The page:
Archive - June 2015

Google Drive: The Experiment Continues
On PAR (Participatory Action Research) and Social Design for Community Engagement [#CuriousCoLab]
Open Scholarship: Accessible to Whom? [#CuriousCoLab]

Google Drive: The Experiment Continues

At the beginning of the calendar year, I wrote a post on my decision to abandon Blackboard for Google Drive for the Spring 2015 semester. The experience was overwhelmingly successful, and my impressions were confirmed by a survey I gave students asking for their feedback. There many shared comments mentioning that they will continue using Google Drive as a resource in the future, which suggests that they see a value in organizing their work in one place and collaborating with others.

Google Drive

I found that using Drive helped me keep up with grading because I didn’t dread logging in as I did with Blackboard. I took a different approach to calculating participation grades as well: I asked that students submit a weekly reflection, and I concentrated on giving feedback on those documents. I didn’t grade every small homework assignment or in-class activity, though I expected that these files were in students’ Drive folders and that their contents were referenced in weekly reflections. I believe this system kept our exchanges to a smaller number of files, meaning students were more likely to read and digest the comments I gave.

One limitation I encountered early is that a shared file in Google Drive cannot be unshared or made private by anyone except its creator. While a collaborator can move that file to another location, for the creator and for other collaborators, that file stays in the location on their Drive folders where they originally placed it. Thus a shared file is not really one entity like a folder in a file cabinet; people hold many keys that unlock the same door, as it were, and they can store these keys where they prefer. That way students always have the ability to modify document they created, even if I or someone else moved the file (really, their key) to another folder they don’t have access to. That means that when grading major assignments, I had to make a copy of students’ files to move to a private folder and assess the copy rather than the original file. Since I only collect a handful of final products with hard deadlines, this wasn’t too taxing, plus I needed to verify that students had indeed completed these assignments anyway or else late penalties would apply.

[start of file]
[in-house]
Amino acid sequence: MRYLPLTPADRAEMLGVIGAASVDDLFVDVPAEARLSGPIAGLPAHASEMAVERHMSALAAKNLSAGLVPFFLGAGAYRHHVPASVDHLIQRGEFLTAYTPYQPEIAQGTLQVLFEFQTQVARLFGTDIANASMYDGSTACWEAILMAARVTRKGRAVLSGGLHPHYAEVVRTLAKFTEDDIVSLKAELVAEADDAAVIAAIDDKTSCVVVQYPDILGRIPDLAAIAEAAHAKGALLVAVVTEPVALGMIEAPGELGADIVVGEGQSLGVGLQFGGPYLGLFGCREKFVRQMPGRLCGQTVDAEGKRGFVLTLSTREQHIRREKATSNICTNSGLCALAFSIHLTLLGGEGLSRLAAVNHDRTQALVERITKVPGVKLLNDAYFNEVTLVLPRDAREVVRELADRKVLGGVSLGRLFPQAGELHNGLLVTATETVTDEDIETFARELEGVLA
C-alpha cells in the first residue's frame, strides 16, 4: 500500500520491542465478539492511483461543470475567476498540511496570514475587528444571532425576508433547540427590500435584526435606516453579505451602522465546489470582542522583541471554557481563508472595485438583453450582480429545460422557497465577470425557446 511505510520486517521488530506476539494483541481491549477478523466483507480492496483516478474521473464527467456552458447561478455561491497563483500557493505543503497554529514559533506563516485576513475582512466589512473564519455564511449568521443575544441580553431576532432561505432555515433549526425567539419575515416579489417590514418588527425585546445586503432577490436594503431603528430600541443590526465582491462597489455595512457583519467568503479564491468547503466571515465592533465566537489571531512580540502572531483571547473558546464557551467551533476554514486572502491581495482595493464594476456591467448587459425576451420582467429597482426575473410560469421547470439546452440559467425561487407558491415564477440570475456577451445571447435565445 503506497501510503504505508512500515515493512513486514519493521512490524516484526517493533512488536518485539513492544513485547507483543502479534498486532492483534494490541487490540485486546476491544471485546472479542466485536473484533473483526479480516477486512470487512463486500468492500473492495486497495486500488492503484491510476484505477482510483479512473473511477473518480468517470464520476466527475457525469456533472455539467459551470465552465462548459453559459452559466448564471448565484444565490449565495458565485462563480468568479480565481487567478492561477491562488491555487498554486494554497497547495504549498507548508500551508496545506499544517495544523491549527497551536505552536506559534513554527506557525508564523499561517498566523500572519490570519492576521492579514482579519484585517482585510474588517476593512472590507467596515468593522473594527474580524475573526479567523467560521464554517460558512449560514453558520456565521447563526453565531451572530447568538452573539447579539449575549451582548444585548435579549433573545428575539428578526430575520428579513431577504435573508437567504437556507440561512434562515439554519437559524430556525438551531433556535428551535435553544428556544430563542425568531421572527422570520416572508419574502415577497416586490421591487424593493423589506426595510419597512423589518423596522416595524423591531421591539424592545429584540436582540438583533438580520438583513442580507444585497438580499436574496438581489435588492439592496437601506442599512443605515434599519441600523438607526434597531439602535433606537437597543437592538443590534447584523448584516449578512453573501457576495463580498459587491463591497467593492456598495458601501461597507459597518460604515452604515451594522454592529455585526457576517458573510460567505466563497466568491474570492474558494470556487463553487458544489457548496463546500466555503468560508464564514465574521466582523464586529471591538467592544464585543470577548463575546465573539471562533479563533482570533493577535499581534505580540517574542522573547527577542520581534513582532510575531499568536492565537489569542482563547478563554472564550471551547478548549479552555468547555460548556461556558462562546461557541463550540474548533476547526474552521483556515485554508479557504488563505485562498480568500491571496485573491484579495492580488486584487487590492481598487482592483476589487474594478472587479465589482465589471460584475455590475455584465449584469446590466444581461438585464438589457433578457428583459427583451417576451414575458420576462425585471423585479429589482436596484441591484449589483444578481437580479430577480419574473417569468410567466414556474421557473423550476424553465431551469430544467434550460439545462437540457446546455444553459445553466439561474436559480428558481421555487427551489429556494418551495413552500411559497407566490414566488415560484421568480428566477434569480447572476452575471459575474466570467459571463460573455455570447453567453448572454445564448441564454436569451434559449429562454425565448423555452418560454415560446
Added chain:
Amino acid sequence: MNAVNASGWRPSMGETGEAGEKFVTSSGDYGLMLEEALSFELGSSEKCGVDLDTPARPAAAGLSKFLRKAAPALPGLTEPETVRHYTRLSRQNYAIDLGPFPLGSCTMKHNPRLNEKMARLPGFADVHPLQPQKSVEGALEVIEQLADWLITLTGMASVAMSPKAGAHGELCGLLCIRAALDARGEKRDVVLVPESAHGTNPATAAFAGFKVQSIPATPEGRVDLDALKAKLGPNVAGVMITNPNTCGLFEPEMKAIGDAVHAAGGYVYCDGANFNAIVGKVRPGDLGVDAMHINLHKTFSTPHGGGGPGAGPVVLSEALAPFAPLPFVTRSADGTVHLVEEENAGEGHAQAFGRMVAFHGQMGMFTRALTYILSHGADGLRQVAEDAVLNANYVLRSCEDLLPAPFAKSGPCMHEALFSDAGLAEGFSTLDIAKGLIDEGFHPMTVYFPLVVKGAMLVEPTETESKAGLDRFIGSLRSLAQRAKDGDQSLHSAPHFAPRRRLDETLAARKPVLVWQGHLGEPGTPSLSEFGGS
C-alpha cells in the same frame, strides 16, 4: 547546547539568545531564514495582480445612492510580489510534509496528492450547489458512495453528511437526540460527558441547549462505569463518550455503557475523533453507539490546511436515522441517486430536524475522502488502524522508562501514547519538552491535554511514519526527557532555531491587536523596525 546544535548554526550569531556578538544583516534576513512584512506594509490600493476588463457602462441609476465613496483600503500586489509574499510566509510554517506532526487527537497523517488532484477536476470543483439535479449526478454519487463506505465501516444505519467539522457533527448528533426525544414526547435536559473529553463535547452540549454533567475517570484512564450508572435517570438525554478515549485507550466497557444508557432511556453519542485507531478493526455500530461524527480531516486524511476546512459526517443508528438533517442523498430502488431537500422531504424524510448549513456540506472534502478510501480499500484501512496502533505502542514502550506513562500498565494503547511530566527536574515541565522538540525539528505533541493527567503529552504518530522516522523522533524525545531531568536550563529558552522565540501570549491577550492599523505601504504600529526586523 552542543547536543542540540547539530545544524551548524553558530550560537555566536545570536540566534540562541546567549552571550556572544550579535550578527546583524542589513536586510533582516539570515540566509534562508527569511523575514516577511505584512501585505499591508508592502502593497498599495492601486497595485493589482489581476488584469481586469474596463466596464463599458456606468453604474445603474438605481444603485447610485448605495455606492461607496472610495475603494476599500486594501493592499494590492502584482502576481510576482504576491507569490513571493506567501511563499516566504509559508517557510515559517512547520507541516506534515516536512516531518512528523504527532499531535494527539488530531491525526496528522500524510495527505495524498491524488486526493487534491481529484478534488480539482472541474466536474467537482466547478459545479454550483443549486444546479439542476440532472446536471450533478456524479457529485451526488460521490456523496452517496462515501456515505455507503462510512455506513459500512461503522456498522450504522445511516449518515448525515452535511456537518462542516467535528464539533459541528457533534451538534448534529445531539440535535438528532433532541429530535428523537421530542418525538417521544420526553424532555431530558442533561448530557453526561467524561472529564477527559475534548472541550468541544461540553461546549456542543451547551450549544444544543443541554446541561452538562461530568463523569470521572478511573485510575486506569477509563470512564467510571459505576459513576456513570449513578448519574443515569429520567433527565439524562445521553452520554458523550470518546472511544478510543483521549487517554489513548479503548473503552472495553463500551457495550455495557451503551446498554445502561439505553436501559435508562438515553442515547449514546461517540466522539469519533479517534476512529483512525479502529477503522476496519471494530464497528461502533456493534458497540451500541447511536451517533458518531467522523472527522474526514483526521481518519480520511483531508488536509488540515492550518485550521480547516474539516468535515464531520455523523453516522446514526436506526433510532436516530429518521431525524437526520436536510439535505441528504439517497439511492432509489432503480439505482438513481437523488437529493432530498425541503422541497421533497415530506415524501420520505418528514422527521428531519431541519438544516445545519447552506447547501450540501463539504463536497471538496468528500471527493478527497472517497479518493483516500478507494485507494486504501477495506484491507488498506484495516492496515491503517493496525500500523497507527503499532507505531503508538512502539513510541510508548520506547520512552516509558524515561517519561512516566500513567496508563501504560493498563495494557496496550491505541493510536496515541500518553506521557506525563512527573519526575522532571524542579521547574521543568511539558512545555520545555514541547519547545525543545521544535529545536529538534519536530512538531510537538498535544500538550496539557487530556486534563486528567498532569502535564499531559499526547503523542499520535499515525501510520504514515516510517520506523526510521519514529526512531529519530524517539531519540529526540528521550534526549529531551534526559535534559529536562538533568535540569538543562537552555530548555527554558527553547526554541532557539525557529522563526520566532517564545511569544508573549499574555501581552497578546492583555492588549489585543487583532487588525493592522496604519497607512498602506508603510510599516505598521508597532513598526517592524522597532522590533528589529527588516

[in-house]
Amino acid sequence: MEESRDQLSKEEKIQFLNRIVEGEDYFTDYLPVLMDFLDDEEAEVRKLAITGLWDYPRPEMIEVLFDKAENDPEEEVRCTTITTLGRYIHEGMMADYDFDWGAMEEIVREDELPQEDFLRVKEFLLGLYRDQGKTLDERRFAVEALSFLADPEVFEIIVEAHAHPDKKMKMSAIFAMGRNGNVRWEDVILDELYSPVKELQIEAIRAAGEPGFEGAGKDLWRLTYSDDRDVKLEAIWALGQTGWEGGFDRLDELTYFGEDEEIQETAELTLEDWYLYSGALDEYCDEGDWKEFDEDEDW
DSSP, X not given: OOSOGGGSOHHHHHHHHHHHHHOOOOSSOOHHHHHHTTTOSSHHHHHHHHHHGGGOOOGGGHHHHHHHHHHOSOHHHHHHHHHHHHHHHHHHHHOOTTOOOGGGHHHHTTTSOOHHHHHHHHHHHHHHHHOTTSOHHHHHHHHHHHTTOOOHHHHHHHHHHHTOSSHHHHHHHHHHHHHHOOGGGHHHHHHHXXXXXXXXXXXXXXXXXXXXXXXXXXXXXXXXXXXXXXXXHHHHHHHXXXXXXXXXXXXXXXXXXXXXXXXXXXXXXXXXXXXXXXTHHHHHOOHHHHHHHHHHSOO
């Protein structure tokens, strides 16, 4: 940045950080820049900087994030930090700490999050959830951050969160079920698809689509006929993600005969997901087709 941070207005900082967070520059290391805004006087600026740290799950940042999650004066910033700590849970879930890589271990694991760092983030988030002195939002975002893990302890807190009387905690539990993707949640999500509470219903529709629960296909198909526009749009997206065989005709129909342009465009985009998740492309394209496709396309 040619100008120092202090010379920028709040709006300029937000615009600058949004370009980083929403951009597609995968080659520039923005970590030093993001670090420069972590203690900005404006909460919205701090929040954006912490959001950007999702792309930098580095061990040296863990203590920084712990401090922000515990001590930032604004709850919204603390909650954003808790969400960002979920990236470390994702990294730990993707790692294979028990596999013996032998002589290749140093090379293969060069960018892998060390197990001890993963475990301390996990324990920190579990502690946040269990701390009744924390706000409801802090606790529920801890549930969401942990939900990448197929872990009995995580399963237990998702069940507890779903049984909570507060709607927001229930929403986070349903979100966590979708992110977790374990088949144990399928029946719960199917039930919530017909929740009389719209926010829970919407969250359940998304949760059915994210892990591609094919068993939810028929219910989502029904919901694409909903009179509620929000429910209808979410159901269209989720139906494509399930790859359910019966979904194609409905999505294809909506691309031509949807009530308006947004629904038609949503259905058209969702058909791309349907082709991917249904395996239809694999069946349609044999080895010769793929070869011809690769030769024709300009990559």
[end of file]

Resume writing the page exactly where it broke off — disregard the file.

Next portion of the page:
My biggest disappointment with the platform: while Drive makes it easy to share and coauthor documents, this proved difficult to do in real-time during class. Inviting classmates to share a file and folder should be as easy as sending them an email. But students sometimes have multiple Google accounts: personal accounts and university accounts linked to their VCU email address. Then there’s the strange phenomenon at VCU of students having two email addresses suffixes that go to the same inbox ( and, though students can only link a single Google account to one or the other. This problem is only exacerbated by a quirk in Drive: if the invite goes to one email address, a person might be signed into a different account on her browser when she accepts it, and Google then attributes the collaboration to that account. Needlessly confusing! (I’ll just leave this description here: I’m not going to go into more any more detail about other strange sharing exceptions that I’ve encountered with my students.)

I’ve concluded that the only way to eliminate sharing difficulties once and for all is to set up shared folders for groups within the folders that I use to share course materials. The easiest way would be to assign students to groups that remain the same throughout the semester, or maybe change them by unit. Or I could instead create a set of folders (“Group 1,” “Group 2”) that would serve as temporary housing places for students’ collaborative work for that day, allowing me to reconfigure the groups at will. Either way, students would need to copy their shared work into their own Drive folders at the end of the period, or else grading will become far more complicated. There’s nothing preventing me from combining both approaches, except I don’t want to make the procedure confusing. I’ll need to test out some options and see what works best.